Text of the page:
Each month, we shift our focus as the spiral of the year moves forward. Ancestrally, we recognize the purpose and meaning each season plays in our lives, from exploring fall root harvesting to welcoming the return of the sun during Winter Solstice and celebrating Spring Equinox with honoring the fertility of seeds and eggs about to sprout and hatch. We seek the deeper teachings present in nature through exploration of story, metaphor and myth, combining natural sciences with theater, play, art, movement, plant medicine, wilderness ancestral skills and community building.
Through pursuing perspectives of wholeness in our approach, we seek to create programs that holistically nourish children while preparing them with a skill set in self-reliance, resilience, community leadership and better understanding of their relationship to the greater world around them. These foundational life skills help to prepare youth for success.
Examples of Activities & Skills
Skills covered depend on the interests of the group, weather, supplies and skills of the instructors.
Ancestral Skills: Plant Medicine, Knife Work, Safe Tool Use, Fire Building, Tracking, Fiber Arts, Farming, Shelter Building, Harvesting Techniques, Food Preparation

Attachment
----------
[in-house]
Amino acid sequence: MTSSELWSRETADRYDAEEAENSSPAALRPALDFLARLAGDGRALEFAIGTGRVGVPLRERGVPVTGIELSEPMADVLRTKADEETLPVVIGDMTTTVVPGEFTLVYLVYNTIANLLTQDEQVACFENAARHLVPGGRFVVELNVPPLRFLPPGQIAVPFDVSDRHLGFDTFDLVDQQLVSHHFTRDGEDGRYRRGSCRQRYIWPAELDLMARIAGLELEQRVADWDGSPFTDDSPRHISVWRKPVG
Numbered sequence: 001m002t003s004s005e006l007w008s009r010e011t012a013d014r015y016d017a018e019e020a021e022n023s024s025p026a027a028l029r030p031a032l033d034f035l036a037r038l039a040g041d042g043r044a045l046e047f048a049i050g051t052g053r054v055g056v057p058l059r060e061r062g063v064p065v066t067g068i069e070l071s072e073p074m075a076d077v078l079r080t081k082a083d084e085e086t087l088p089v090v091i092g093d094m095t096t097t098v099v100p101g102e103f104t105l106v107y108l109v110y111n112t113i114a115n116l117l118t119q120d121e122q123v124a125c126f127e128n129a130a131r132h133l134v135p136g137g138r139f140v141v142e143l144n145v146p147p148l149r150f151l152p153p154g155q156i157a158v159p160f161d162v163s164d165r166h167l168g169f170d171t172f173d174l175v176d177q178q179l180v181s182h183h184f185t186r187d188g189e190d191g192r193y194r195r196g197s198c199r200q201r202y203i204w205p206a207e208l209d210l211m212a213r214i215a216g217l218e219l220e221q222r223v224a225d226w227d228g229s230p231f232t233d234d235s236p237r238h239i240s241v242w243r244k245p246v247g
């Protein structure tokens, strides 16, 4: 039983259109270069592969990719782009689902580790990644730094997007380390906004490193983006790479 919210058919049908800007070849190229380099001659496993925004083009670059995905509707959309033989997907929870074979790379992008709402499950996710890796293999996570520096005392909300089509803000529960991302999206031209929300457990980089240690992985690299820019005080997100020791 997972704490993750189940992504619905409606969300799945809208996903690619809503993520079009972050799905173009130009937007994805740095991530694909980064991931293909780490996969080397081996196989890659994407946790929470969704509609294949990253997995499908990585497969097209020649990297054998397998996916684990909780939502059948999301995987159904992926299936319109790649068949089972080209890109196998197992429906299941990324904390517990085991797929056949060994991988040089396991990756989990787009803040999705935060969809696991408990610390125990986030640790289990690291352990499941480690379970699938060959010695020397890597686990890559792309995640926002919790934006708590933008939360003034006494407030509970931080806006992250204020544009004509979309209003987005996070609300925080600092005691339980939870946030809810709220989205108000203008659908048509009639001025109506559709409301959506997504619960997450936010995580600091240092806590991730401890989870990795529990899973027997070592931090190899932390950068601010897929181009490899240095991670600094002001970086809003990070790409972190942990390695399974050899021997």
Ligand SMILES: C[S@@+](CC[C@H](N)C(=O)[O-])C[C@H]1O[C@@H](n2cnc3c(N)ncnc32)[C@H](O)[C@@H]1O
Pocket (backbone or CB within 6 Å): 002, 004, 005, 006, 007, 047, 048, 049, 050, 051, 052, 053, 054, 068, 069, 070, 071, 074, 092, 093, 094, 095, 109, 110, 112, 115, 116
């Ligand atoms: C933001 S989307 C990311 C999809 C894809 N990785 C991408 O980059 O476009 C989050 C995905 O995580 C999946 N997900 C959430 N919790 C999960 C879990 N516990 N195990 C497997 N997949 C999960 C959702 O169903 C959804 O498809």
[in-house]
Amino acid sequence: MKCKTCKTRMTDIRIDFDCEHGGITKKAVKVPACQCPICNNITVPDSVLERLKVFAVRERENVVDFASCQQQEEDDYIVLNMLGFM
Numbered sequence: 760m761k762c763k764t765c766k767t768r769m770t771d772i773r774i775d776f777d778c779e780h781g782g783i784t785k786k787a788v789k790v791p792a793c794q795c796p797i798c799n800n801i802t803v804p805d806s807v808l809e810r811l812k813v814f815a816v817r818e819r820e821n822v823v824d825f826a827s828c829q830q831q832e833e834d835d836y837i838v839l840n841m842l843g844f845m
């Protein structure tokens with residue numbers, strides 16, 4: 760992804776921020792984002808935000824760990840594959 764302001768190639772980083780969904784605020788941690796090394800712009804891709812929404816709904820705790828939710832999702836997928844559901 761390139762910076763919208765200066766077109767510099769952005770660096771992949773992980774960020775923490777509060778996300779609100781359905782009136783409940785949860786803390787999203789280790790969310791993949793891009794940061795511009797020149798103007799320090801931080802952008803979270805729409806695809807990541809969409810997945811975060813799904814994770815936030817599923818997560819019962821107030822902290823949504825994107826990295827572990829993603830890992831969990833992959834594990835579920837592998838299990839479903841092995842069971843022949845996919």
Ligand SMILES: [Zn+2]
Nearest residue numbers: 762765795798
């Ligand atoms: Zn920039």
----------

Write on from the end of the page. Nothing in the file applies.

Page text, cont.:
Natural Sciences: Animal Habitats, Plant Studies, Geology, Hydrology, Astronomy, Ecosystems, & more!
Creative Arts: Theater Games, Song, Crafts, Storytelling, Dance
Personal Development: Sit Spot, Conflict Resolution, Community Values & Accountability, Self-Reflection, Compassionate Feedback, Individualized Mentoring, Intuition Work
Physical Well-Being: Natural Movement, Nutrition, Consent & Boundaries Curriculum, Stretching & Movement Practices
Pacific Northwest Nature Fluency Curriculum
Participants will learn about the creatures and plants, their natural environment, what kind of ‘home’ it lives in or where they can be found, their food sources, seasonal behaviors, its lifecycle, who eats it, what it moves like, looks like, sounds it makes and it’s tracks if possible. We will use this opportunity to teach literacy, math, biology, ecology, music, art, etc..
For any given topic teacher’s will bring songs, games, crafts, activities, books, ideas, questions and lead learning experiences to gain understanding and opportunity for exploration.
Below are a few examples...
Bald Eagle, Crow, Great Blue Heron, Robin, Gray Squirrel, Douglass Squirrel, Buffleheads, Mallard Ducks, Chipmunks, Raccoons, Black Bear, Salmon, Pacific Wren, Black Eyed Junco, Stellar’s Jay, Osprey, crabs (type), Acorn Barnacles, Limpits (types), Moon Jellies, other jellyfish,
Banana Slug, Bark Beetles, Worms, Rollie Pollie’s, Various Larvae, Earth Worms, Ladybugs, various Ants, Sand Fleas, Butterflies, Moths